Here are a few things to consider when planning the banquet.
1. Establish a Banquet Planning Committee: This is different than the overall reunion committee. Having a banquet committee to deal with the details of the theme, decorations, speakers, photographers, and other entertainment allows reunion planners a chance to relax and enjoy the evening stress free. It reduces the workload for the reunion planner and provides an opportunity for more attendees to get involved.
2. Set a budget for the Banquet: Determine a budget for the banquet. Consider all expenses, including venue rental, catering, decorations, entertainment, audio visual, and any other related costs.
3. Plan the Program: Develop a program for the evening that includes speeches, presentations, and entertainment. Plot a timeline in 15-minute or 30-minute blocks to create the flow of the evening. Consider what time the room should be set and ready. What time do attendees arrive for the cocktail reception? Is there a set time to take a group photograph? How long with dinner service take? What will the evening speaker need for their presentation? If you have live music, what time should they set up so not to distract from other parts of the evening program. Will you have a stage and screen? Will presenters need audio visual support? Will you have a Missing Man table and when should it be set up?
4. Menu: Work with the catering team to create a menu that supports not only the reunion budget but also those with dietary restrictions. Be aware of the benefits and challenges of selecting a plated option and choice of entree versus a buffet. Determine how long you would like the cocktail reception bar to remain open and available. You might consider incorporating military-themed dishes or drinks to add to the atmosphere. Ask the catering team to create a special reunion themed beverage.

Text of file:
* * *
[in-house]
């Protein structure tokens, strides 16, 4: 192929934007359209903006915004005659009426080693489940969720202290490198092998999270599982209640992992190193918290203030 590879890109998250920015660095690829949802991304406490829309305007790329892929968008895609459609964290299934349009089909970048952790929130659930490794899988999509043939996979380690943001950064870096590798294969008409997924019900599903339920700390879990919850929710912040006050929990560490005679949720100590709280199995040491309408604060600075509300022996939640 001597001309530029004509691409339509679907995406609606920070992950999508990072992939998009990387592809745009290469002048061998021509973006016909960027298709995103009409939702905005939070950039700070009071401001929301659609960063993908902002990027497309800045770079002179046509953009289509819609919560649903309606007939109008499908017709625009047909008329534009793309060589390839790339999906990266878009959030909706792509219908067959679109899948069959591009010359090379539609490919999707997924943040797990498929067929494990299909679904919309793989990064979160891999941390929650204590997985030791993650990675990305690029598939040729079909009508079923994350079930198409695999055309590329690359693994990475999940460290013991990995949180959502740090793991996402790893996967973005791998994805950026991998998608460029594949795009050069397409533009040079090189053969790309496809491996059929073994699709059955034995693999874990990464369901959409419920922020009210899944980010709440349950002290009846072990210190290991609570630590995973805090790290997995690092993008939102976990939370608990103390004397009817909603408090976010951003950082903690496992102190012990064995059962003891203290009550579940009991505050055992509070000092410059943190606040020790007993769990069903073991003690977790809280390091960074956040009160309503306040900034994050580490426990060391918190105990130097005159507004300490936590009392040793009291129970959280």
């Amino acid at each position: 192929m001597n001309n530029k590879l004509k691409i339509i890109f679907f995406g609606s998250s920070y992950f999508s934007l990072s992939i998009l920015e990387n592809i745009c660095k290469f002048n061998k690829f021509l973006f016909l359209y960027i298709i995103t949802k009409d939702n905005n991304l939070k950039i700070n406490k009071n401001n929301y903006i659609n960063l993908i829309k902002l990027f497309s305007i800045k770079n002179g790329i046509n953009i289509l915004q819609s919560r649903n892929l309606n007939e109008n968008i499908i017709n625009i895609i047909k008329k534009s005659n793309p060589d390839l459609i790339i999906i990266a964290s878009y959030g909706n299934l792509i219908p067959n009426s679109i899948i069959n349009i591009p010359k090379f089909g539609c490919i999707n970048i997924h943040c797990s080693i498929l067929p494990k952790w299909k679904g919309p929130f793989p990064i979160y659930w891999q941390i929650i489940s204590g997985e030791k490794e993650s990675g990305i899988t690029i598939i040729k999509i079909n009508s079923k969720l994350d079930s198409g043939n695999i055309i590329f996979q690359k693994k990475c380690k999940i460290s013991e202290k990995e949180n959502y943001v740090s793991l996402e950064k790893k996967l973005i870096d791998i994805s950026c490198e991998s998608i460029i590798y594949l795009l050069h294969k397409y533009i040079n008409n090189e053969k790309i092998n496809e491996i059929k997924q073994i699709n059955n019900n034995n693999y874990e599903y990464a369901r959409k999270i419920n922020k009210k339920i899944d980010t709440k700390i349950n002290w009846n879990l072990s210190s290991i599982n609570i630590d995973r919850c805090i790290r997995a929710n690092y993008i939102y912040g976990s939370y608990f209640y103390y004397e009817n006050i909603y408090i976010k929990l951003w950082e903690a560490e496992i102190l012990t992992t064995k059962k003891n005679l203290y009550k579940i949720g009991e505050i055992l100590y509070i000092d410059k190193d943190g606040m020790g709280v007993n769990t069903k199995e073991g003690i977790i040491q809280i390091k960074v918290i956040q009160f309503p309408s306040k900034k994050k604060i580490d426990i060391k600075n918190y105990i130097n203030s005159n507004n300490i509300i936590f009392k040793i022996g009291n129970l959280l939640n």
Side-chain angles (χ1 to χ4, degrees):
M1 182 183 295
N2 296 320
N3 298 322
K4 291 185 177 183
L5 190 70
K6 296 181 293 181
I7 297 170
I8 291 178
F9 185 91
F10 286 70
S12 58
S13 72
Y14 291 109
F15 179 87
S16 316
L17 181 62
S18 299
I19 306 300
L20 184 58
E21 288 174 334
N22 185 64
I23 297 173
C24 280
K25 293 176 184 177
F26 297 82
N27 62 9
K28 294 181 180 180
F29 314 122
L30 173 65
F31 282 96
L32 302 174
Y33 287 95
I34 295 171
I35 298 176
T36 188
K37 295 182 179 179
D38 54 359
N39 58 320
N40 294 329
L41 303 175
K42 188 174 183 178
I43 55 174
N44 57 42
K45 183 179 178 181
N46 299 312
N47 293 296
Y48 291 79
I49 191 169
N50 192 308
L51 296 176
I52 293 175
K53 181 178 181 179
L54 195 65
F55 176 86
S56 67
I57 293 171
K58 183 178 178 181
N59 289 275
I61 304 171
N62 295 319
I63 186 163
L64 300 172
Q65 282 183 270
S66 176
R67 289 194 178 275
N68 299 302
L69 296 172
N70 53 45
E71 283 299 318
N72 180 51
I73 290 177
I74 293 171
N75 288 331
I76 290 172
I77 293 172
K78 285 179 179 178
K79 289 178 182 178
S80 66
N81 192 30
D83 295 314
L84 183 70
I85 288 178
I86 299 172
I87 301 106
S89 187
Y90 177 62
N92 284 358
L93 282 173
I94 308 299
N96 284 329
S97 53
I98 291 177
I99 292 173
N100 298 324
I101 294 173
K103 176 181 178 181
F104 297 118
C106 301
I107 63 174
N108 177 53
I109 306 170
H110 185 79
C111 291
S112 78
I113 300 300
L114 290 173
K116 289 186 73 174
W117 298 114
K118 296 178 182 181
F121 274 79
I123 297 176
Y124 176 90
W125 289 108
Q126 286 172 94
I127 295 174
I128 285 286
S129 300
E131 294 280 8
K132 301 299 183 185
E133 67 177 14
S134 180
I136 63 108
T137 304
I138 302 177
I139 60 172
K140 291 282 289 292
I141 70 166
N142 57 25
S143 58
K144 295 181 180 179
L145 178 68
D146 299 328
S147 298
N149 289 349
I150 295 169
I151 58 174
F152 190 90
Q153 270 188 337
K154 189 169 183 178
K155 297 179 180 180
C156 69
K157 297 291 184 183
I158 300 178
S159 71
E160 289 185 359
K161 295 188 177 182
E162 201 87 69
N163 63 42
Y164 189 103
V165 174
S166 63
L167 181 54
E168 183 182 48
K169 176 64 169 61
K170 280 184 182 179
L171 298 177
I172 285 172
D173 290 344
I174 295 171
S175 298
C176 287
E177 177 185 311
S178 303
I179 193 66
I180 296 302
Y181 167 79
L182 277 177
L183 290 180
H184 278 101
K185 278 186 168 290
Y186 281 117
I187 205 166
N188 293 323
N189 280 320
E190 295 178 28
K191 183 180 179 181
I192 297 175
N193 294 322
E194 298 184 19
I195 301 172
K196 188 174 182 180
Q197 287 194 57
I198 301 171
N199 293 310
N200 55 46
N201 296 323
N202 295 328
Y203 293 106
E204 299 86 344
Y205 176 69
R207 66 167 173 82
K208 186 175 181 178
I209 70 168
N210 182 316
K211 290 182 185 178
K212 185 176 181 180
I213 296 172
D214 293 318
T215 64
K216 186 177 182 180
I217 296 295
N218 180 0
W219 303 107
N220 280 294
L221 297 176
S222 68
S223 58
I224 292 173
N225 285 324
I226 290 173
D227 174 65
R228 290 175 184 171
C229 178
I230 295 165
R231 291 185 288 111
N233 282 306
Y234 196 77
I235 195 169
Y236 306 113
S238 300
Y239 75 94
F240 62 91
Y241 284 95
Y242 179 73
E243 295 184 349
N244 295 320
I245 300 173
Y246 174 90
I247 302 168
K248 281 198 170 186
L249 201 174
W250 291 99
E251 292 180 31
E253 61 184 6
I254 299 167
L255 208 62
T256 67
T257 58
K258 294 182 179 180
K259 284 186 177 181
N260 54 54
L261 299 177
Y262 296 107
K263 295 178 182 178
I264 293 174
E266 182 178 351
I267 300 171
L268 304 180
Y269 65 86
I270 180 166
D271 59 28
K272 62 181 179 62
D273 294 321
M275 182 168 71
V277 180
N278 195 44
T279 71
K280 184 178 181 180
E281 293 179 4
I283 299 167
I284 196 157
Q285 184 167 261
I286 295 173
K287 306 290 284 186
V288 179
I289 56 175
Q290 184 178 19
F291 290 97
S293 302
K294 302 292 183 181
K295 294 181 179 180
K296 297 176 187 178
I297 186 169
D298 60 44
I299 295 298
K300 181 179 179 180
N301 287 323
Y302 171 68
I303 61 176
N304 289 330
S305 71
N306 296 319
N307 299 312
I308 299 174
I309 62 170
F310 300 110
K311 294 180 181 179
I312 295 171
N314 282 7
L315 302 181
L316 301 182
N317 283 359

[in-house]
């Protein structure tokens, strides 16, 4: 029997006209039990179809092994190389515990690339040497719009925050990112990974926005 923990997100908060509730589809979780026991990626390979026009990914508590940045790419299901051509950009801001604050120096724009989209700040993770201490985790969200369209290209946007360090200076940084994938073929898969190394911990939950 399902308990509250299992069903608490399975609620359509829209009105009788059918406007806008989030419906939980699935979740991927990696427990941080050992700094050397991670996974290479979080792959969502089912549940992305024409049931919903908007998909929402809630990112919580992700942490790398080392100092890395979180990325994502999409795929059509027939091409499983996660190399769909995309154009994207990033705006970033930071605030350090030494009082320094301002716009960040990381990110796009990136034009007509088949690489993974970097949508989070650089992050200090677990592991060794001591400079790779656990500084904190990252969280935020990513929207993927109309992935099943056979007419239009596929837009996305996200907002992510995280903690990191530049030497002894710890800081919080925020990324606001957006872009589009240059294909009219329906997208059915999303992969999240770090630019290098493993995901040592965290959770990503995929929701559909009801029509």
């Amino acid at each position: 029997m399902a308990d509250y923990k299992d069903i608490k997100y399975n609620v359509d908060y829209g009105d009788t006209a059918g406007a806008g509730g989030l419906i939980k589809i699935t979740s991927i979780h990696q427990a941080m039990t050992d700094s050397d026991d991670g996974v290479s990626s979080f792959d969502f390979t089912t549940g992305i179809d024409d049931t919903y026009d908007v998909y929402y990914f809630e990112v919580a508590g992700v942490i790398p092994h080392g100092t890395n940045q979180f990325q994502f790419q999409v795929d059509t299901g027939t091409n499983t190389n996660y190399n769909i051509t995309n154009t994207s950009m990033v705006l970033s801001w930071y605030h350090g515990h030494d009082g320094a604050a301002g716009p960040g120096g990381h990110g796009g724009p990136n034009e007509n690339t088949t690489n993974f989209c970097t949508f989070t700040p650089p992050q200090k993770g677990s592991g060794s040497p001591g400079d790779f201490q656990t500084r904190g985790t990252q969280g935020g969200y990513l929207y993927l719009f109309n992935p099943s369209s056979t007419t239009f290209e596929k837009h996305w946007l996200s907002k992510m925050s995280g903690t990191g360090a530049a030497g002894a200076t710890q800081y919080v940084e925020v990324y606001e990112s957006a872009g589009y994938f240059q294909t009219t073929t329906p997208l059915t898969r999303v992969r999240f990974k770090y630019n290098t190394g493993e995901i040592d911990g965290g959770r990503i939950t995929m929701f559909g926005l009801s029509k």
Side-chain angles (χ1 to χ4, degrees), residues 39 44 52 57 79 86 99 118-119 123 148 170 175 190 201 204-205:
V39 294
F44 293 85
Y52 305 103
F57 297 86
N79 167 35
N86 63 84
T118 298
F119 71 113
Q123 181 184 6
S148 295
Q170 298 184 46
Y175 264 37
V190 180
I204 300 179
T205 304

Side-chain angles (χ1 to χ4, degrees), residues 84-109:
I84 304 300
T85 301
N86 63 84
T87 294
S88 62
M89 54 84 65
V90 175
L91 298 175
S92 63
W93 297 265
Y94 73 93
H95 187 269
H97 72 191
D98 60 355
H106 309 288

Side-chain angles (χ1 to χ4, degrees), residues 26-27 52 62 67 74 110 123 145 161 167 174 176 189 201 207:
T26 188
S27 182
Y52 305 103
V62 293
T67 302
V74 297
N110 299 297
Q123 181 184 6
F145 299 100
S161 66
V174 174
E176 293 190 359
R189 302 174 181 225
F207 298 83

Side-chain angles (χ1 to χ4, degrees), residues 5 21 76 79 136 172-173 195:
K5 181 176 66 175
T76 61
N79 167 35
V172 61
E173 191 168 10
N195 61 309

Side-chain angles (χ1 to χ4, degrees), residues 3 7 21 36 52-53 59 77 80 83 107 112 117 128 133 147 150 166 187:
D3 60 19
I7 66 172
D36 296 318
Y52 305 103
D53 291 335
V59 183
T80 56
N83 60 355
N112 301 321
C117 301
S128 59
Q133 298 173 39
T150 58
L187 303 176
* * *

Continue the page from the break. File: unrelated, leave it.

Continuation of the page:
5. Décor and Centerpieces: Decorate the venue in a way that pays homage to the military. You can use flags, military memorabilia, and patriotic colors to set the tone. Inquire with the venue about any policies on décor and centerpieces. Candles may be restricted or limited to only a small votive option. Make sure centerpieces do not obstruct the view of guests sitting across the table from each other.
6. Guest List and RSVPs: Work with the reunion planner to maintain a guest list and track RSVPs to ensure you have an accurate count of attendees. You should also keep track of their preferred entree selection, ie beef or chicken, if the plan is to have an entree option. This will help with catering, room set up, and seating arrangements.
Remember that the key to a successful military reunion banquet is attention to detail and thoughtful planning. By creating a memorable and meaningful experience, you can honor the service and sacrifices of military personnel and their families.
Visit MRN Speakers Bureau – The Military Reunion Network for ideas for speakers for your next reunion